Artikli panus:

“The contribution of this article is to bring together contrasting accounts of how AI might be deployed for HR and people management to address the question of how AI could affect our field. It is possible to imagine a future in which the deployment of AI for HR and people management leads to large gains in fairness and efficiency. However, AI could also usher in an increasingly dystopian future of widespread unfairness and intensified managerial control. Indeed, a paradox lens suggests that both imaginaries will co-exist alongside each other (Collings et al., 2021; Smith & Lewis, 2011).” (Charlwood and Guenole, 2022, p. 730)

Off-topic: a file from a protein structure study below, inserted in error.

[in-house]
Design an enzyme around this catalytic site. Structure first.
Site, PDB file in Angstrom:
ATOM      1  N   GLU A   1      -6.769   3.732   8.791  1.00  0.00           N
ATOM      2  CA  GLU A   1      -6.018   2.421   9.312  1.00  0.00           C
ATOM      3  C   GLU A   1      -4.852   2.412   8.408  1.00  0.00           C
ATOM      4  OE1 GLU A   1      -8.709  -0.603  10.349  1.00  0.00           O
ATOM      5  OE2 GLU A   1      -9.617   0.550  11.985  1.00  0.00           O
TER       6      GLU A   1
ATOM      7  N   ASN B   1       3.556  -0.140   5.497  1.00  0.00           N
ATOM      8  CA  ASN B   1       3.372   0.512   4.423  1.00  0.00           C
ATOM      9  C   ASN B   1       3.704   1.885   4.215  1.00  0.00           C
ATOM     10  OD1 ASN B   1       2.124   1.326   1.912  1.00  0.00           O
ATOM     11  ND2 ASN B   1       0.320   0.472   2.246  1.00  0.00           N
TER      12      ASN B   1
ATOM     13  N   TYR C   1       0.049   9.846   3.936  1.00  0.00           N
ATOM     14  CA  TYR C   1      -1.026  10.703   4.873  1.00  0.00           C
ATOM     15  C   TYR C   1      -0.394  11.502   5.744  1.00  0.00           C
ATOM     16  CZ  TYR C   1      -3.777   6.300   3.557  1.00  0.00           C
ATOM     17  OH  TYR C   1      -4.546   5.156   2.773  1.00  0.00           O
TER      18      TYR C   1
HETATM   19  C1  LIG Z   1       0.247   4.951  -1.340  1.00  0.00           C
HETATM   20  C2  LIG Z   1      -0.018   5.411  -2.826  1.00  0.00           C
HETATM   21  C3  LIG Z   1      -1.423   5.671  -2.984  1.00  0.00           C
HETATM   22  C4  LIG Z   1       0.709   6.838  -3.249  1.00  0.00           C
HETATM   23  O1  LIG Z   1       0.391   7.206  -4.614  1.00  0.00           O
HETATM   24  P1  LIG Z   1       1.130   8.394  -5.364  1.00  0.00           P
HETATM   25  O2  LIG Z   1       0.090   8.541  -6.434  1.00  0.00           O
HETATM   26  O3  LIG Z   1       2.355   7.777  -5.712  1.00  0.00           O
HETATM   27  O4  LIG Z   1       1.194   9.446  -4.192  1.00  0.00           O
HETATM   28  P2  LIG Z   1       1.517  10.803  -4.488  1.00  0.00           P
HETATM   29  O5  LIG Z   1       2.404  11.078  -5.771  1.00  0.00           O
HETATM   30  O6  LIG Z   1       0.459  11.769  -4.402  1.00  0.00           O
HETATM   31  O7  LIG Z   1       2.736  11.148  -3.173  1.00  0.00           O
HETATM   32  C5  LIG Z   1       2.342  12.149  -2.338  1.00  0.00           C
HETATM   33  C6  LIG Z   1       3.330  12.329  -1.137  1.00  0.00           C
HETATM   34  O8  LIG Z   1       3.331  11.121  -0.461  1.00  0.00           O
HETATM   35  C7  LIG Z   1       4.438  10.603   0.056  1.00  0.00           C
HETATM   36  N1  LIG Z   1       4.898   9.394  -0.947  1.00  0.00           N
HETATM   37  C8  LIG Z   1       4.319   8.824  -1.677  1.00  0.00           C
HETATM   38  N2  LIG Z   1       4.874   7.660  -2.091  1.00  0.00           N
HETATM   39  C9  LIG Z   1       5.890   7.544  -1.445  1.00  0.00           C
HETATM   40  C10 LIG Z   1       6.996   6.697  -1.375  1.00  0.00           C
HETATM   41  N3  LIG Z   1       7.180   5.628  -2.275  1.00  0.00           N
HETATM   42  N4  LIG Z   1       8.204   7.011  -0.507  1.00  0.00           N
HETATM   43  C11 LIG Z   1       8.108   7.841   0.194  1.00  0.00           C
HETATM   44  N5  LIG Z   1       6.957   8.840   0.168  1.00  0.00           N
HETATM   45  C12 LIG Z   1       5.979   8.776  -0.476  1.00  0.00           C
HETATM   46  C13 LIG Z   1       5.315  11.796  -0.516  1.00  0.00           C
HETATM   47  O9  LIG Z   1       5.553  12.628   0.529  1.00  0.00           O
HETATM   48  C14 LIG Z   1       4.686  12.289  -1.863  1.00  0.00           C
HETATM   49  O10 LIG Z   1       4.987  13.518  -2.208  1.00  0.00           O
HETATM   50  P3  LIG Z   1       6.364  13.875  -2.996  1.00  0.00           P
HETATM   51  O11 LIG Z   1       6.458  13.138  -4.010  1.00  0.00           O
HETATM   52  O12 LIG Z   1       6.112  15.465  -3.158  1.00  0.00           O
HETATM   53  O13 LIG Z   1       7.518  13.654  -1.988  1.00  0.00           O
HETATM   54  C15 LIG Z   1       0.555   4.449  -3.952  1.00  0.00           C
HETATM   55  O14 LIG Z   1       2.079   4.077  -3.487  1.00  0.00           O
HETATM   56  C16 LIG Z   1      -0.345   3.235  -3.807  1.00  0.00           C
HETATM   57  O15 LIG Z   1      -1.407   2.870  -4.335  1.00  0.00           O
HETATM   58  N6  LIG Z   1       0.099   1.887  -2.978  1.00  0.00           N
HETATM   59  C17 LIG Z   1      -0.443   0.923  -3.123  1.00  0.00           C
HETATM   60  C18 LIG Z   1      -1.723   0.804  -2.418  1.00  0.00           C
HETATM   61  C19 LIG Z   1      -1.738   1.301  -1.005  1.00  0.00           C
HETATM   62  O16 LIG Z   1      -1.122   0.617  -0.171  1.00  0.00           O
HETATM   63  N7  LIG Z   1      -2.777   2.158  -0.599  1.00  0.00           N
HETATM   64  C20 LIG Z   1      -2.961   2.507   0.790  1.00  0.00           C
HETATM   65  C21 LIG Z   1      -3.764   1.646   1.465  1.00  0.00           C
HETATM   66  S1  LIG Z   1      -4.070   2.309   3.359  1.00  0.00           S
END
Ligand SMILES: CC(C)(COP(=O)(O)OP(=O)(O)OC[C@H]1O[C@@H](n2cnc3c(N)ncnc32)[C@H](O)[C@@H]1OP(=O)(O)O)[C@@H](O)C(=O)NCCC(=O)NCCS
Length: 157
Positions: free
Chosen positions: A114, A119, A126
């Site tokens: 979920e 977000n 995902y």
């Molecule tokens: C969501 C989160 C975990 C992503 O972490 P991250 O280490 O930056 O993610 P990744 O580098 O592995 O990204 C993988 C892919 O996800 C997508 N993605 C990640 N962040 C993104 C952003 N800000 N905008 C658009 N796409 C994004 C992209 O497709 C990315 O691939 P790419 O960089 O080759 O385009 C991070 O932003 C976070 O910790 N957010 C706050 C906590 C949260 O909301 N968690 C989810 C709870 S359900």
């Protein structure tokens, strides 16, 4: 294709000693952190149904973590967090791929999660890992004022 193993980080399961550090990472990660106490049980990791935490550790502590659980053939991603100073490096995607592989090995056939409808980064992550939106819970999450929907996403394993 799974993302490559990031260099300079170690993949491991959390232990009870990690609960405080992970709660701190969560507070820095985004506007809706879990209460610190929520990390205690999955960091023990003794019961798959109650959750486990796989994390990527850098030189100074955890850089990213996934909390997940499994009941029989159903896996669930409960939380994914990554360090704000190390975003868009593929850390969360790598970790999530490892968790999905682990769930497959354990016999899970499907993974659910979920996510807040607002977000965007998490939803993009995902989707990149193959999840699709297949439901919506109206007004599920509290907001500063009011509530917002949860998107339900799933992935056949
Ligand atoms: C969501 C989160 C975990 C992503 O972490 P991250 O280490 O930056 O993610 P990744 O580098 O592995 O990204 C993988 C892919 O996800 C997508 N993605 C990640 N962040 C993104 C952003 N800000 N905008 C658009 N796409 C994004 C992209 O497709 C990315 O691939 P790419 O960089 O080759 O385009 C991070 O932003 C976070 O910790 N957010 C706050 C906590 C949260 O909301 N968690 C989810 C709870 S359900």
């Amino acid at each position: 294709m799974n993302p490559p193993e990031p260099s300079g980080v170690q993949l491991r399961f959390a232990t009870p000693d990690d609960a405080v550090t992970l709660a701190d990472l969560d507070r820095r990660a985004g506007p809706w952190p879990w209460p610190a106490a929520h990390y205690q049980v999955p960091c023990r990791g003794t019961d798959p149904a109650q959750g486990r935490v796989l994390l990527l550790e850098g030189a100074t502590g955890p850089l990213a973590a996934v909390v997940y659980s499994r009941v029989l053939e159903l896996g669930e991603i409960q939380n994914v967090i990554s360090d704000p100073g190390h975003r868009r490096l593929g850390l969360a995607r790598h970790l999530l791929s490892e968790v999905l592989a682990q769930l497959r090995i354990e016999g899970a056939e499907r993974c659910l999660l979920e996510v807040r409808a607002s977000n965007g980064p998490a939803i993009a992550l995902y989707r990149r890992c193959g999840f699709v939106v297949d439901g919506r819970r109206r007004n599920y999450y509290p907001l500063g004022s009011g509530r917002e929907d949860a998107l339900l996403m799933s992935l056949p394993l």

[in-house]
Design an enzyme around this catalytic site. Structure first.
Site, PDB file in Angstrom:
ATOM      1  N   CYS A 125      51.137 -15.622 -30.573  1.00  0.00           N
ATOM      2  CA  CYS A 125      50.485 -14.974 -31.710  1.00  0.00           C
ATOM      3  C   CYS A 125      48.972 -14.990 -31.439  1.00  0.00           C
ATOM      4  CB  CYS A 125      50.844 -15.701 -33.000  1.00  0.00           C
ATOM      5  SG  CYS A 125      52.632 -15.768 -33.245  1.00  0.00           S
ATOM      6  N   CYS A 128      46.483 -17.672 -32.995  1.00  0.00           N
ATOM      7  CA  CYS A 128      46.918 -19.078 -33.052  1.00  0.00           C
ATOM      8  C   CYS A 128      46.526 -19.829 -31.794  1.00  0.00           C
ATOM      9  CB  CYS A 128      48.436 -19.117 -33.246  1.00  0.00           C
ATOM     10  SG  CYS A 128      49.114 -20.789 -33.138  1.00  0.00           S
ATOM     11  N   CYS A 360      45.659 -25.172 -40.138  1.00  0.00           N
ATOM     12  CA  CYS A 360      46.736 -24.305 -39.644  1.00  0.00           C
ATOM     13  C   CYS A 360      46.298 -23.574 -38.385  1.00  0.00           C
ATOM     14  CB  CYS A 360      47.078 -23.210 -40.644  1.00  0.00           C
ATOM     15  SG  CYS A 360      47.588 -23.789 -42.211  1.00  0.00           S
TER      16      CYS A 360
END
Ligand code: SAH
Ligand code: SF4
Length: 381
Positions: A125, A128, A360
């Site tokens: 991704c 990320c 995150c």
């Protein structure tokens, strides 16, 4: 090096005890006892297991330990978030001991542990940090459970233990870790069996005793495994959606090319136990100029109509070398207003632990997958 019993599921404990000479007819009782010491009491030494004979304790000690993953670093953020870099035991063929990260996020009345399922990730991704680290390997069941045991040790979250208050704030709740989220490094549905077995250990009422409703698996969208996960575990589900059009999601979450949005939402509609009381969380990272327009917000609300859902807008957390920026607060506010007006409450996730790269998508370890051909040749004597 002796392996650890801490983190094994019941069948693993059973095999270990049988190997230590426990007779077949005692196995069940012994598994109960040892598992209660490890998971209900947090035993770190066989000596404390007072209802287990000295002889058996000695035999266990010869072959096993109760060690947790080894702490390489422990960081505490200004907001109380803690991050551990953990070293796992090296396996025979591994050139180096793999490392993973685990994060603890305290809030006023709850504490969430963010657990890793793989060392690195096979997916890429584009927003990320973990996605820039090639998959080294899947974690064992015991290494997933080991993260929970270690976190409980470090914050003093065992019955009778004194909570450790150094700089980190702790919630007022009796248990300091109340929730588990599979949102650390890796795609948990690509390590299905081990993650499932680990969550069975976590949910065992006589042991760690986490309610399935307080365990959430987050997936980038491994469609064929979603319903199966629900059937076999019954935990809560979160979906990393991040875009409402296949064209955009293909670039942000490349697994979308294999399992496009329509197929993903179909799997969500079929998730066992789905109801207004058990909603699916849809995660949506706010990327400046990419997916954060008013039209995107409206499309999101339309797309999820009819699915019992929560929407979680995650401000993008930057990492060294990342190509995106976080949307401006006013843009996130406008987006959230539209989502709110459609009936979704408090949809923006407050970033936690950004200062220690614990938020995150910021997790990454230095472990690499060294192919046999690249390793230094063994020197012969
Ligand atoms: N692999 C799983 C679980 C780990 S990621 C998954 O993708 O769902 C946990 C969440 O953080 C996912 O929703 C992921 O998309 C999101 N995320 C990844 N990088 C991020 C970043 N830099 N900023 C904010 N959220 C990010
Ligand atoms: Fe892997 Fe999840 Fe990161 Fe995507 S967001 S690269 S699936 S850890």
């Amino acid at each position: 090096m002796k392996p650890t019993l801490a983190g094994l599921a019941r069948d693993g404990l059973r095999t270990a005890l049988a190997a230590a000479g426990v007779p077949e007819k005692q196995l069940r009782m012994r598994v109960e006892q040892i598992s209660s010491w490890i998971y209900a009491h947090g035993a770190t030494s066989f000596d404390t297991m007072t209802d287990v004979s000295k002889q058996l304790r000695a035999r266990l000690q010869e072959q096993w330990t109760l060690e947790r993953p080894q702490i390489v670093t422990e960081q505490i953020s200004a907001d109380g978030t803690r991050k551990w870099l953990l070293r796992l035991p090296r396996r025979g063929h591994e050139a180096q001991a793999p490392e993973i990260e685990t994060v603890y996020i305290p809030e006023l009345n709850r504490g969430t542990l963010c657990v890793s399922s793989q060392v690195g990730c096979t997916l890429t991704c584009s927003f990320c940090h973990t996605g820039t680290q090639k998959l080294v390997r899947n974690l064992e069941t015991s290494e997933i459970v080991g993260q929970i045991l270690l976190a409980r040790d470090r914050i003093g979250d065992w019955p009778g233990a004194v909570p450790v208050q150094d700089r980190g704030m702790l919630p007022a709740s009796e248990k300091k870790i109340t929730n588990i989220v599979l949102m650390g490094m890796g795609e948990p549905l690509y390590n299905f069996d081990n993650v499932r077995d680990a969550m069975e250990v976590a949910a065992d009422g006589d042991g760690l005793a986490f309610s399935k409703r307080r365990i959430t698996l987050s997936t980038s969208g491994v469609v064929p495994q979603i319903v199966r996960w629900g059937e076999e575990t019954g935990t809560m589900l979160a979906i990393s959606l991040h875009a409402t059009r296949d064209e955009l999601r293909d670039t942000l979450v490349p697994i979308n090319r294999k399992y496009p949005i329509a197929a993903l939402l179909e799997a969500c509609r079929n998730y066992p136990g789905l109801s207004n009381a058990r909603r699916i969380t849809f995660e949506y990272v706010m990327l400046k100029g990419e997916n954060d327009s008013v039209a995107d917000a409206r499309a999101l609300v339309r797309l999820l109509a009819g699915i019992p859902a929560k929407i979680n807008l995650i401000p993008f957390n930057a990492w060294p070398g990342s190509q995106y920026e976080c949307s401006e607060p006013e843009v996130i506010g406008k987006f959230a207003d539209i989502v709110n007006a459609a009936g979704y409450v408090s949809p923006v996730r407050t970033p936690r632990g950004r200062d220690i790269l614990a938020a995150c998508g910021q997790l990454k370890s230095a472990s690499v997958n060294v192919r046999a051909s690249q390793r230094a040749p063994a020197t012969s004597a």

Terminoloogia muutub täpsemaks:

“AI is typically defined as the use of digital technology to create systems capable of autonomously performing tasks commonly thought to require human intelligence (Office for AI, 2019). In contrast to popular representations of artificial general intelligence in science fiction, recent advances in AI have occurred in the field of machine learning (ML), a sub-set of AI where digital systems autonomously improve their performance at undertaking a specific task or tasks over-time as the system learns through experience (Office for AI, 2019).” (Charlwood and Guenole, 2022, p. 731)


“Our pessimistic case focuses on possible consequences of the sorts of use cases set out above for workers and societies. The central problem is that firms tend to introduce new technologies in ways that reduce worker autonomy, wages, and job security.” (Charlwood and Guenole, 2022, p. 732)